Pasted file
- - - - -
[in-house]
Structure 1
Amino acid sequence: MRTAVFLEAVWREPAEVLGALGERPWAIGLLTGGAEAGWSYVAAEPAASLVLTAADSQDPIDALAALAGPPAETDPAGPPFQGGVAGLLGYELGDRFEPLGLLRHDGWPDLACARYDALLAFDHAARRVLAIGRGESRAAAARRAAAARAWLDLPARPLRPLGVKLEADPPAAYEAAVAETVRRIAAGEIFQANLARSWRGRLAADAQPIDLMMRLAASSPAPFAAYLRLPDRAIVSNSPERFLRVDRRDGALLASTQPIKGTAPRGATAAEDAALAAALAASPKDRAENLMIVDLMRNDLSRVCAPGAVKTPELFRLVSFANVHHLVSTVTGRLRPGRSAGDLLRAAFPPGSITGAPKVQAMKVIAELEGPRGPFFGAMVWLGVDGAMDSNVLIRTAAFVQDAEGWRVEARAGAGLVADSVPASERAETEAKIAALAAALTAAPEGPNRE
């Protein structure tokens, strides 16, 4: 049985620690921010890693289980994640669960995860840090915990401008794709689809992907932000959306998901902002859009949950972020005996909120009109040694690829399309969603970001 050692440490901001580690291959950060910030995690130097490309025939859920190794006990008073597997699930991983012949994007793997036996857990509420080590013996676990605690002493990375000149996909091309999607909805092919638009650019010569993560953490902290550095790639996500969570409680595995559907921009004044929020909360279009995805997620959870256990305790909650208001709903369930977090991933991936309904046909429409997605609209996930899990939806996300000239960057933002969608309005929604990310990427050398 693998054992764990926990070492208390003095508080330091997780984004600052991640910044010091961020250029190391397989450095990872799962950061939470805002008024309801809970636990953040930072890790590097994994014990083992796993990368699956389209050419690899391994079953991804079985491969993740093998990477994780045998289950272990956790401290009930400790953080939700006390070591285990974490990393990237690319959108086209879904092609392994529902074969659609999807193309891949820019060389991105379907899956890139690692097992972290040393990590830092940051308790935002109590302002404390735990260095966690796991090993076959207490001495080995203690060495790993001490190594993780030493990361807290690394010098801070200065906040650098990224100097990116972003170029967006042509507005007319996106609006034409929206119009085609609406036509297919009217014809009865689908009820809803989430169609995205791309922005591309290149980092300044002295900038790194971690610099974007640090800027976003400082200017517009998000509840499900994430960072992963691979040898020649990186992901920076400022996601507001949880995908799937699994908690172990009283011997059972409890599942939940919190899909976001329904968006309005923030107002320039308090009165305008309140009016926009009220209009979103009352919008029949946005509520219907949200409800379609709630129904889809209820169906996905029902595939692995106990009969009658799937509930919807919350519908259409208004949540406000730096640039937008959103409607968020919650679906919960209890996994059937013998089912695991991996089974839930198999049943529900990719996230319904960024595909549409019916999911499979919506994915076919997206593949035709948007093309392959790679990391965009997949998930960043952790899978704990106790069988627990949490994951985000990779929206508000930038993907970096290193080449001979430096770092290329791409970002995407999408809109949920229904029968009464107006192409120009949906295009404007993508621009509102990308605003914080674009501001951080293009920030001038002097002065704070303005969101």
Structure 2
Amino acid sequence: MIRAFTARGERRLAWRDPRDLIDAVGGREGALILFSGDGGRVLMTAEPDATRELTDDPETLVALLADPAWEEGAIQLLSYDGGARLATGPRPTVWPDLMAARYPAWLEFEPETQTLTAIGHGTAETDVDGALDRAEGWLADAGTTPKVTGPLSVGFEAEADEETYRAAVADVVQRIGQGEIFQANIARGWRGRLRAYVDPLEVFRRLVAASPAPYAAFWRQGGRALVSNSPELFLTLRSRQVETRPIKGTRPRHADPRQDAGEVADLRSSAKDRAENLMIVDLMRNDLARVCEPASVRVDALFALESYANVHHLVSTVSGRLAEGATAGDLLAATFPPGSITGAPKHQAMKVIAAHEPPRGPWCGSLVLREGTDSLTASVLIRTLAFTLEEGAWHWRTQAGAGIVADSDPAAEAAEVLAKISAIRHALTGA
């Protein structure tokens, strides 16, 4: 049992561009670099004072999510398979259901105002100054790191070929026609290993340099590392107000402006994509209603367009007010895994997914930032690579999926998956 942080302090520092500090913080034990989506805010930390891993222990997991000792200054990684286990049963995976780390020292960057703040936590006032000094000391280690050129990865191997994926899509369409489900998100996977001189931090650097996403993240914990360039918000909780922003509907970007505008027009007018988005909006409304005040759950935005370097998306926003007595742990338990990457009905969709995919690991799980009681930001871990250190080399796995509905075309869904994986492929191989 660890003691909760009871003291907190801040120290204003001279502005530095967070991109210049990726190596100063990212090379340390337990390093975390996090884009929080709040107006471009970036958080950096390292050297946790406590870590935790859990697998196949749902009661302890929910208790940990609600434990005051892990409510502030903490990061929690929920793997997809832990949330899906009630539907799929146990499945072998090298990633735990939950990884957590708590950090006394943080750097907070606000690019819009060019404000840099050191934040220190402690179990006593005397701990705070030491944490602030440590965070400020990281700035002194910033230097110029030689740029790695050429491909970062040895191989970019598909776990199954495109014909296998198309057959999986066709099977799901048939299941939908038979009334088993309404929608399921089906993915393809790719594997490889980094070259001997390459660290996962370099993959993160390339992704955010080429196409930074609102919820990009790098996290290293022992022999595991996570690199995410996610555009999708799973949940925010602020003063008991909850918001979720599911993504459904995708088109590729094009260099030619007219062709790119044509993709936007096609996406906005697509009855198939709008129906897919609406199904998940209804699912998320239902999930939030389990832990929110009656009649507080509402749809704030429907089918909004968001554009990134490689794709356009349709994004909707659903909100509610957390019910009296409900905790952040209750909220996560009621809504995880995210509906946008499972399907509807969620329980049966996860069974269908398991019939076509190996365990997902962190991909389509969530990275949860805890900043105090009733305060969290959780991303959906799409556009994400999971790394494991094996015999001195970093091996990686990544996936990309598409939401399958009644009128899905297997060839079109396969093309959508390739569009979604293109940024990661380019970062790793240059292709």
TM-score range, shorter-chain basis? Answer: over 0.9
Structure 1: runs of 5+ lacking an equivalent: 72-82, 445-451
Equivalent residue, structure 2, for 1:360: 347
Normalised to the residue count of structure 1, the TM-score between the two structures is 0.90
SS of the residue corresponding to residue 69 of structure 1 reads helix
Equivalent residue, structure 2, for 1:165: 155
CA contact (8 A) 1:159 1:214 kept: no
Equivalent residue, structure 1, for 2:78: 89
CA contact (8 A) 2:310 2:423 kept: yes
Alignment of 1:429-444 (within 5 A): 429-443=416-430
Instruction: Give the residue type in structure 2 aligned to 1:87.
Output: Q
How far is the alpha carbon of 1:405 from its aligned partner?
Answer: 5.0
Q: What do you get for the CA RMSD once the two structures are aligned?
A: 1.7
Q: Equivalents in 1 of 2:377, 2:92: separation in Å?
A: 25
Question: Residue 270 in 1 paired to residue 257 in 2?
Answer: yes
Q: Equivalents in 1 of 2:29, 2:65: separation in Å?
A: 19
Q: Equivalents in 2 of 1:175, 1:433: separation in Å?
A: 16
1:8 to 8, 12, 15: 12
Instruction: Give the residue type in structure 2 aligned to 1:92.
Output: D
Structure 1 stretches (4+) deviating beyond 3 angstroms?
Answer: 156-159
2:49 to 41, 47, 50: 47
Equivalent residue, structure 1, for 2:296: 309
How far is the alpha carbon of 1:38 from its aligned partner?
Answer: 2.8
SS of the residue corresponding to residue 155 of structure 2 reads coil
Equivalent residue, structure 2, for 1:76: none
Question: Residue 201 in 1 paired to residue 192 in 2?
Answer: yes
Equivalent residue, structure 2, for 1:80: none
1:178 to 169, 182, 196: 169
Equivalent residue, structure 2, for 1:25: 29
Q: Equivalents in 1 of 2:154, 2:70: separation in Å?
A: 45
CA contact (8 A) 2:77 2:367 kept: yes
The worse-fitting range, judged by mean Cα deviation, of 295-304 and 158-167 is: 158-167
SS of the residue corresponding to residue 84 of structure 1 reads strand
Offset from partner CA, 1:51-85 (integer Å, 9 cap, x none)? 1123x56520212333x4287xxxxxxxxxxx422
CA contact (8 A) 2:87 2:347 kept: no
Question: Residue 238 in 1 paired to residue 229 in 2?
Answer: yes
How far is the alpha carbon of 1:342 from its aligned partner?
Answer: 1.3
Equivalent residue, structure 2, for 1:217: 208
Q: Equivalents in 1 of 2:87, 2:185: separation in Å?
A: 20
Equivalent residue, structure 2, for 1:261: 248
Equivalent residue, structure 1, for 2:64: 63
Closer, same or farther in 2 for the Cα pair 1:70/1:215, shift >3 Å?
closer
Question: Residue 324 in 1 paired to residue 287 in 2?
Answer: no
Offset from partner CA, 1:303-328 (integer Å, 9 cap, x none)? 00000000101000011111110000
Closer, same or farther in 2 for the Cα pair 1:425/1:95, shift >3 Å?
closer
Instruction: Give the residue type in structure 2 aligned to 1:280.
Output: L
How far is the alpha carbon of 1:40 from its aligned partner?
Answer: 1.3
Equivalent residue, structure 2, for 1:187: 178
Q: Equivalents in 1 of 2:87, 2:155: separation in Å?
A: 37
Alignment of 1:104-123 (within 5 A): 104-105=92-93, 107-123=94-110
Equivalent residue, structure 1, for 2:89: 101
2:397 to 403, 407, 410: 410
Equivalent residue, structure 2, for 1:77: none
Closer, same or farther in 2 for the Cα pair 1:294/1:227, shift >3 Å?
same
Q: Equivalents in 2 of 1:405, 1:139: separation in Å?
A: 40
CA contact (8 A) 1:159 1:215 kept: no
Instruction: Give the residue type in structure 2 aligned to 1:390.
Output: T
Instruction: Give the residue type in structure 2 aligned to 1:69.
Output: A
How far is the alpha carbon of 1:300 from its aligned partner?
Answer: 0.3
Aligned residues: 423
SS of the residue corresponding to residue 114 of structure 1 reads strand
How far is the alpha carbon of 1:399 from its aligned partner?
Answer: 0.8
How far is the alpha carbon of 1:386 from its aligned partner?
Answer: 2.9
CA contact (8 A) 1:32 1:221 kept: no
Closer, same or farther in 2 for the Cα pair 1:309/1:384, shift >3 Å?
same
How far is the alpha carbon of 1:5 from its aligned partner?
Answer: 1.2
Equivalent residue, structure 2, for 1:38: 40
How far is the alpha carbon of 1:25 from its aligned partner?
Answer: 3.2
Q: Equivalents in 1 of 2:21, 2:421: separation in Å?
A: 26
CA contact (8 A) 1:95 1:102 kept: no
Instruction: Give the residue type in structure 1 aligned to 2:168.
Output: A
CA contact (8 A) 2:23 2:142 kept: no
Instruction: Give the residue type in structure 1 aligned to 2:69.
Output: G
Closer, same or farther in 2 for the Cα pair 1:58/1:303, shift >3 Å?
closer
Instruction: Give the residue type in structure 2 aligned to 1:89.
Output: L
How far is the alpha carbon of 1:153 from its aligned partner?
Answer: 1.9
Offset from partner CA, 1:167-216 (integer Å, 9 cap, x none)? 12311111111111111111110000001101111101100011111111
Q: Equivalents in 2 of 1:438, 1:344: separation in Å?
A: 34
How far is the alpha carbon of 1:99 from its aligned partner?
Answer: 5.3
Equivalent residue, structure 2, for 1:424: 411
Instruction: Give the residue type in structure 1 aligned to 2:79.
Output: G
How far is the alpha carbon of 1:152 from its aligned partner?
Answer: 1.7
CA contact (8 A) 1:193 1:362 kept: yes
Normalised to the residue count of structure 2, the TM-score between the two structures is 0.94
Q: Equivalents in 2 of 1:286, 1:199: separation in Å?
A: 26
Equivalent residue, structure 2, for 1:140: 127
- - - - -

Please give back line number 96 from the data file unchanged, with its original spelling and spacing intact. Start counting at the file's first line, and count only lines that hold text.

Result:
Answer: 0.8